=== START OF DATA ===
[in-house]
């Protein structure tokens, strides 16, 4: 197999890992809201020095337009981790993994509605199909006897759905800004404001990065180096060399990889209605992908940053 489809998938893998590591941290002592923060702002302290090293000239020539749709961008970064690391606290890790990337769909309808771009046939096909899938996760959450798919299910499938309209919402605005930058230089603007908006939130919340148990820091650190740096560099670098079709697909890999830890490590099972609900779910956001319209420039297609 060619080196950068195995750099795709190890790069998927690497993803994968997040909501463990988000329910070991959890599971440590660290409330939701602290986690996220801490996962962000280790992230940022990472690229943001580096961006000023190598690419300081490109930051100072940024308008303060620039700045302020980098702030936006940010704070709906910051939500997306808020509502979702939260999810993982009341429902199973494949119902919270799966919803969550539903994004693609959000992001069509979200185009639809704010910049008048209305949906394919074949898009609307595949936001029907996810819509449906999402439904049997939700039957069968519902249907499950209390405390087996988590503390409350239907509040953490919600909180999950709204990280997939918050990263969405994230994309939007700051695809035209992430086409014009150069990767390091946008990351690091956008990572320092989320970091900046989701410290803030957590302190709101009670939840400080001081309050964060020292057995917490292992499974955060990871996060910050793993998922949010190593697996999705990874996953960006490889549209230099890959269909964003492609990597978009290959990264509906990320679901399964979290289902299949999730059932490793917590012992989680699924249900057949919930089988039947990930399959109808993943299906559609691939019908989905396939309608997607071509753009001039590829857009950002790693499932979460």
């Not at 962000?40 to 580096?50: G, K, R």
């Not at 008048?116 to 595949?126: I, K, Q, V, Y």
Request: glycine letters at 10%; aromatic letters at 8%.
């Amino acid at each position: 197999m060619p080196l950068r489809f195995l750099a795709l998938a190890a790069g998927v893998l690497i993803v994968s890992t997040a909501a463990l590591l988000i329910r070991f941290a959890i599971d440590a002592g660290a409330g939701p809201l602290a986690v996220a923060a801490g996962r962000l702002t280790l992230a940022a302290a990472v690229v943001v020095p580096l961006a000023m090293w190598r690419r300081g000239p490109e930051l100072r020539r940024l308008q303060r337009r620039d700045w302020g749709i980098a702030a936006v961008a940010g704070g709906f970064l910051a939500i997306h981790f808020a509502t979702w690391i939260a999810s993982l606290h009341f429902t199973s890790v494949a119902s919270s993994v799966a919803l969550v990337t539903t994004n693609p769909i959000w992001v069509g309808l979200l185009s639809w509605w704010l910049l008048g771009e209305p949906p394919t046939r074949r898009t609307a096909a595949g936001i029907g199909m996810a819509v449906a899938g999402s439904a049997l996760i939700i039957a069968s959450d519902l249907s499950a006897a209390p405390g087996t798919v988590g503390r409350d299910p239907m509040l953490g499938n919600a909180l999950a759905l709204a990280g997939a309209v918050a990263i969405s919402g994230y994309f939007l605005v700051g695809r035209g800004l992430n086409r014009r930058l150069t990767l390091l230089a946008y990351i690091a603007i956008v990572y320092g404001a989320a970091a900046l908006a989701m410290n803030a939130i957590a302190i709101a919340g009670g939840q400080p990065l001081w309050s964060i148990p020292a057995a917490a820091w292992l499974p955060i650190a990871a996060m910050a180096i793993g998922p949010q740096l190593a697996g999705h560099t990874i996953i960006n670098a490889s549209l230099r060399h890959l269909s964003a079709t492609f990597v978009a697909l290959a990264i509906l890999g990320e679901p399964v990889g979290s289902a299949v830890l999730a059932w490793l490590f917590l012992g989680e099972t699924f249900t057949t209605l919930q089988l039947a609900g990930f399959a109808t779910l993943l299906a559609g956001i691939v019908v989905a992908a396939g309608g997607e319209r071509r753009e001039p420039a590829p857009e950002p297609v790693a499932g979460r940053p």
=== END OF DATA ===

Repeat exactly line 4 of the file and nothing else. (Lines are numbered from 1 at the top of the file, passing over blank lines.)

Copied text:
């Not at 008048?116 to 595949?126: I, K, Q, V, Y």